Those of us who are veterans of the licensing business remember the days when every successful brand’s style guide was a cleverly-conceived, highly-immersive printed masterpiece that stopped us in our tracks and commanded our attention. Envy-evoking and impossible to ignore, the purpose of these epic treasures was to deliver brand assets to licensee partners in the most compelling and engaging manner possible. The investment brand owners made in design and printing conveyed the care with which they addressed their intellectual property and their commitment to supporting its licensing program.
About 10 years ago, we saw this grandiose approach to style guide development begin to disappear. Although these guides were impressive, they were costly to produce, both in terms of financial investment and development time. And they were impossible to modify or update once they were printed and shipped. So, the focus shifted towards being cost effective and versatile.
Out with the printed; in with the digital
Enter the style guide-as-PDF and digital asset management (DAM) sites. What a brilliant idea! The printing aspect of style guide development was eliminated, saving time and money. Shipping costs were eliminated as well. You could provide the style guide and access to your property’s assets to all of your licensee partners with a single link in an email blast. And updates could be made on the fly without wasting precious time and expense for printing.
Although the advent of the DAM site was a major breakthrough, the new, cost-effective approach to style guide development came with a significant tradeoff. A tangible, emotional connection with a licensed brand gave way to a virtual, yet utilitarian approach to asset delivery. Although the content was different for every brand, all style guides began to feel similar due to the standard PDF format. Licensees were a bit disconnected from the brand because these digital style guides were stored on file servers and viewed on computer screens. Or worse… they were printed on letter-sized paper, 3-hole punched and put into binders alongside every other brand’s style guide, effectively completing their homogenization. The wonderfully immersive experience that had provided brand distinction was all but gone.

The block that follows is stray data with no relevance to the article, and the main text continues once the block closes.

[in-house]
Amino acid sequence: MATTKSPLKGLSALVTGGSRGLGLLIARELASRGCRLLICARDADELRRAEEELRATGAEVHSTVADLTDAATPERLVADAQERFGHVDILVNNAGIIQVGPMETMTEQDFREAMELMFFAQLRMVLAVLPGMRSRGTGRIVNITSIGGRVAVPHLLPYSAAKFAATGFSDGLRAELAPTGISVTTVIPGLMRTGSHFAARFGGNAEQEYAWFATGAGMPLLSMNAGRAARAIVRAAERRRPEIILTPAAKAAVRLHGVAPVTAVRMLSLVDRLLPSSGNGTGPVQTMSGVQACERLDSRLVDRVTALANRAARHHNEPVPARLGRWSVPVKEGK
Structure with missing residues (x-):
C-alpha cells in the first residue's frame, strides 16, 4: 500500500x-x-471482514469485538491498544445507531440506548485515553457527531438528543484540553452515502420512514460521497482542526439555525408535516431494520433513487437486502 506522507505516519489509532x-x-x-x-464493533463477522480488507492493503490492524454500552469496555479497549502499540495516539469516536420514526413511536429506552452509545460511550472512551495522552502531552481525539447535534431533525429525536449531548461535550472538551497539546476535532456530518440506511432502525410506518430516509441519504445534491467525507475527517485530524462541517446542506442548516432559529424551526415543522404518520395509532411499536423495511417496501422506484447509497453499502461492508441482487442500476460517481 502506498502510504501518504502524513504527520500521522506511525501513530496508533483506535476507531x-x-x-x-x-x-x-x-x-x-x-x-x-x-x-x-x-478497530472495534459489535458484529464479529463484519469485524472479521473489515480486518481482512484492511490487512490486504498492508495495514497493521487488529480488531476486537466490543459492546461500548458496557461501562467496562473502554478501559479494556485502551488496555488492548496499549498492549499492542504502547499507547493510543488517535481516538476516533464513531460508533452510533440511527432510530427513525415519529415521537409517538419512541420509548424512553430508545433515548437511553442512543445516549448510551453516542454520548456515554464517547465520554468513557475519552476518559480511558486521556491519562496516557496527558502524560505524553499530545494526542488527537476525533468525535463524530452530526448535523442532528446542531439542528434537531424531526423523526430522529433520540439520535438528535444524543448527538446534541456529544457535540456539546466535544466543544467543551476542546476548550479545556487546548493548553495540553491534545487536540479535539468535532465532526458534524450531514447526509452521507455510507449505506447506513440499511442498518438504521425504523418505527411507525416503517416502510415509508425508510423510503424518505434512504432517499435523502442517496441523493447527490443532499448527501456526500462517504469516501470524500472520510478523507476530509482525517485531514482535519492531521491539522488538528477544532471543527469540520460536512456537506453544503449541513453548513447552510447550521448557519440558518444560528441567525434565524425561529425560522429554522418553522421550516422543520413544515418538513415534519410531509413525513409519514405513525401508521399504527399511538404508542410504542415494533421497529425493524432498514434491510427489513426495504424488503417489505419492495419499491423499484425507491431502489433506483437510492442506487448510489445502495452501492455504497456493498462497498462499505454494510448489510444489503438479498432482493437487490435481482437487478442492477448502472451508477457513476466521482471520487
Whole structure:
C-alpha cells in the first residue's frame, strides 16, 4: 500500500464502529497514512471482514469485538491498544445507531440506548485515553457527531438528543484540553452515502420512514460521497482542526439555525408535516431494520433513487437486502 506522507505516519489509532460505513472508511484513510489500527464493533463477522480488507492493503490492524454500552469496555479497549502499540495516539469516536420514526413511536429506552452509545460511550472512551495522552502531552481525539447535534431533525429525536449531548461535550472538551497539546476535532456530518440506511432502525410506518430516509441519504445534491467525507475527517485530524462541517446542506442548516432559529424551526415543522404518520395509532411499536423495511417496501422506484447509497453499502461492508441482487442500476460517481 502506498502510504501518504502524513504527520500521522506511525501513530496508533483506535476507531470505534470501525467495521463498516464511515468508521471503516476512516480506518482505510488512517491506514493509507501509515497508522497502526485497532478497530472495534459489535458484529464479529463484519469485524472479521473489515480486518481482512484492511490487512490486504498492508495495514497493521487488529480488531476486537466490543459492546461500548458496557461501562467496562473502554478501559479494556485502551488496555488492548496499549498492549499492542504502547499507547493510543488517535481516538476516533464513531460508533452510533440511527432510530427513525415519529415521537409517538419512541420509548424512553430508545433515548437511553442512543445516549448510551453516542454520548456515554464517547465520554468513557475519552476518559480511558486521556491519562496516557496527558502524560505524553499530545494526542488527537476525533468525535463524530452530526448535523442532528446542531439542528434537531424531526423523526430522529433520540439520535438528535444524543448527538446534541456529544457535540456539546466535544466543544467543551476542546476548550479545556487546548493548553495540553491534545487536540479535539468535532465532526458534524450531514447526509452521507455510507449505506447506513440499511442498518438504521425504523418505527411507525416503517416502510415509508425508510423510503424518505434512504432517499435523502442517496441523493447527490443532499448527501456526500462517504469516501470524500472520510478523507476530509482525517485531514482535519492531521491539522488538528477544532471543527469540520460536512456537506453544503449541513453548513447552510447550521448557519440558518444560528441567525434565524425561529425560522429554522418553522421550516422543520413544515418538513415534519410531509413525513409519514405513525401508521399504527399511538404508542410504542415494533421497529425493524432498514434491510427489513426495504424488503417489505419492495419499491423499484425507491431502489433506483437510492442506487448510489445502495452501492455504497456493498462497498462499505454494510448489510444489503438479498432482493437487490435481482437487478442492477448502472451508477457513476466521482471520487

Somewhere along the way, during this change in approach to style guide development, we collectively lost our sense of what a style guide is supposed to do besides deliver content and standardization. The digital style guide became just that … a content delivery system. Nothing more than a glorified PowerPoint presentation. Some of our entertainment industry clients have even taken it a step further by establishing a single template design to be used for the style guides of every one of their licensed brands. Talk about losing distinction!
Remembering the true purpose of a consumer product style guide
If you’re looking at your brand’s style guide merely as a vehicle to present seasonal, trend-focused artwork to your current licensees, you’re misunderstanding its true purpose. We realize that, as licensing program design experts, the onus is on us to create an immersive experience with the licensed brand within the limitations of the rectangular, digital, PDF format.
Don’t just do what’s expected with regard to how the content is delivered. Dare to be different in the same way that every brand is different and has different needs. Don’t just apply a template to establish consistency among your brands at the expense of differentiating them from each other, and perhaps from every other in the marketplace.
Taking advantage of the PDF’s versatility
Striking a balance between function and experience is key. Let the page template design and navigation convey your brand’s story, and allow it to unfold in a linear fashion as you guide your partners through your licensing program’s assets. Connect with licensees on an emotional level by establishing an overarching visual theme for the guide that aligns with a central aspect of your brand’s story. Infuse the style guide design with visual pauses – intro pages and section divider pages dedicated solely to bold imagery, background scenes, character art or even editorial phrases – to make the journey from front to back cover more immersive and the storytelling more compelling.
Brand owners who embrace this approach are not allowing the PDF to be the downfall of the consumer product style guide. Instead, they’re taking advantage of the format’s versatility and creating digital masterpieces that rival their printed predecessors.